Download PDF

Welcome back aboard! This is the second stage of our journey to discover the different degrees of protection of the geographical indications (GIs) of spirit drinks within the European Union (EU).

Last month, our trip led us to discover the protection offered by article 16.a) of the Regulation (EC) No. 110/2008, which prevents the commercial use of the GI both for comparable products not covered by the GI, and not comparable products insofar as such use exploits the reputation of the denomination.

Following our journey, it is now time to explore another stage of the protection, focusing on point 16.b) of this Regulation, which prevents:

(b) any misuse, imitation or evocation, even if the true origin of the product is indicated or the geographical indication is used in translation or accompanied by an expression such as ‘like’, ‘type’, ‘style’, ‘made’, ‘flavour’ or any other similar term;

This provision covers the situations in which the disputed sign does not use the GI as such but suggests it in such a way that the consumer is led to establish a sufficient link of proximity between the sign and the GI.

Throughout its case law, the European Court of Justice (ECJ) has clarified the concept of evocation.

Non-cumulative criteria emerged, allowing the qualification of the evocation by several clusters of indices:

  1. The partial incorporation of the GI into the disputed name

This is the use of part of the protected name in the term used to designate the product in question.

  1. The phonetic and visual similarities of the disputed name with the GI

On this point, a comparison of the verbal denominations present is made by looking at their appearance and pronunciation.

As the Court recently reminded, this criterion is not a mandatory condition (Case C‑44/17 Judgment of the Court of Justice of the European Union (Fifth Chamber) of 7 June 2018).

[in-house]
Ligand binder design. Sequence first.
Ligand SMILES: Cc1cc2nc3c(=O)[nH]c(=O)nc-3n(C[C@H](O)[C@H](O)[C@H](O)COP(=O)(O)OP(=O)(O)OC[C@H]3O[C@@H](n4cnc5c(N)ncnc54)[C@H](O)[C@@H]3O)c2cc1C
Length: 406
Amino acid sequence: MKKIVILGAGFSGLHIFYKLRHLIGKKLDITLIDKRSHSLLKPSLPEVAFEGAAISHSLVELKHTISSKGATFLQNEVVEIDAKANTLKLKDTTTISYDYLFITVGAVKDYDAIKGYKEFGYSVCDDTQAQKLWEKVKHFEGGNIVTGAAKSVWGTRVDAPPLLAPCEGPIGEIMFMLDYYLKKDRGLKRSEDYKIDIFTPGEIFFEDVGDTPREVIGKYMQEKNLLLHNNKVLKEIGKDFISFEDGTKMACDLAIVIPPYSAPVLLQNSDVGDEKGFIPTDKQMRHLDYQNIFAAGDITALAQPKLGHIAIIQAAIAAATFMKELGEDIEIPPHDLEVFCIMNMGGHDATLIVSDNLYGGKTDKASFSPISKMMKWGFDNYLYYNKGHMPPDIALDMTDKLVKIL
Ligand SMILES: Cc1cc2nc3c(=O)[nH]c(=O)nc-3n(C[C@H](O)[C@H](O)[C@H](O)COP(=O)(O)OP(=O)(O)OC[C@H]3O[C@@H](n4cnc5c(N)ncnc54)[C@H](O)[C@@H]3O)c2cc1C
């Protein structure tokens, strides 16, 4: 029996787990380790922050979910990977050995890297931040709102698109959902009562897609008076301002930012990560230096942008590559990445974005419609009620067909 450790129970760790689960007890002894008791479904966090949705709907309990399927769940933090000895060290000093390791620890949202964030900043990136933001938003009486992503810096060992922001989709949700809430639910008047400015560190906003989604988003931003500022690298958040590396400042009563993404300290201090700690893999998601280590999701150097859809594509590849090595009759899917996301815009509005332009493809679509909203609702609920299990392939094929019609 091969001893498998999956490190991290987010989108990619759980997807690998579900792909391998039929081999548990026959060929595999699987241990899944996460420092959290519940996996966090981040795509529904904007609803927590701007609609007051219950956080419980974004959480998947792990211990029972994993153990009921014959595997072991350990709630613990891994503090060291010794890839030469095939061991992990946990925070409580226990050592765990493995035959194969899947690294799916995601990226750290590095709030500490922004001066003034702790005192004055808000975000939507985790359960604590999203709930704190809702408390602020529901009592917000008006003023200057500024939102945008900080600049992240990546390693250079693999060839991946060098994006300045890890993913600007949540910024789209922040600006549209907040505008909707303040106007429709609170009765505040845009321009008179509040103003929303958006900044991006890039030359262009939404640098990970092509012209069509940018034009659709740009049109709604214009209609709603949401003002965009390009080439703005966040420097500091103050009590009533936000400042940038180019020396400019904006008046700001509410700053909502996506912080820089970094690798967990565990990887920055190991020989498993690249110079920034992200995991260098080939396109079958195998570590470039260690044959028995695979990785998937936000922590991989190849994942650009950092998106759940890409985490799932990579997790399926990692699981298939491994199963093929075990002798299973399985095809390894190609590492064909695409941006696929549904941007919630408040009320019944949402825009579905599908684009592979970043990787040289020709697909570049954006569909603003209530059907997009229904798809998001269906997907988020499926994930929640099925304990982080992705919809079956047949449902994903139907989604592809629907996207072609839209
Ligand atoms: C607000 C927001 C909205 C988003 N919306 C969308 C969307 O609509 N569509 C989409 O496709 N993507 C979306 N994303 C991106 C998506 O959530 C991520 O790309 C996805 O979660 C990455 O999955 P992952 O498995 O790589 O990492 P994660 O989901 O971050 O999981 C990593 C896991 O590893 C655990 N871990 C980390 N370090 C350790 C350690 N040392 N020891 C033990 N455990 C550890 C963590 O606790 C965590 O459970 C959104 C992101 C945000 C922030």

1. The conceptual proximity between the disputed name and the GI

The Court has ruled that it is necessary, where appropriate, to take account of the conceptual proximity between terms emanating from different languages, since such proximity, like the other criteria mentioned above, may also trigger an image in the consumer’s mind which is that of the product whose geographical indication is protected, when he is confronted with a similar product bearing the disputed name (judgment of 21 January 2016, Viiniverla, Case 75/15, EU:C:2016:35).

So basically, if the term used alludes the GI, the evocation could be characterized.

In making that assessment, the judge should refer to the perception of an average European consumer who is reasonably well informed and reasonably observant and circumspect.

These various criteria must be assessed in order to determine whether the consumer, in the presence of the name of the product, would be led to bear in mind, as a reference image, the goods benefiting from the GI in question.

Thus, when deciding on a potential case of evocation of a GI, the judge must essentially rely on the presumed reaction of the consumer, with regard to the term used to designate the product in question, the essential thing being that the latter establishes a link between this term and the GI (judgment of 21 January 2016, Viiniverla, Case 75/15), which gives a strong and obviously subjective power to the judge in charge of the case.

It is important to note that the evocation of the GI can be characterized even when the true origin of the product is indicated.

Besides, the ECJ has reminded in multiples occasions that the fact that the denomination corresponded to the name of the company or to the place where the product was manufactured was irrelevant.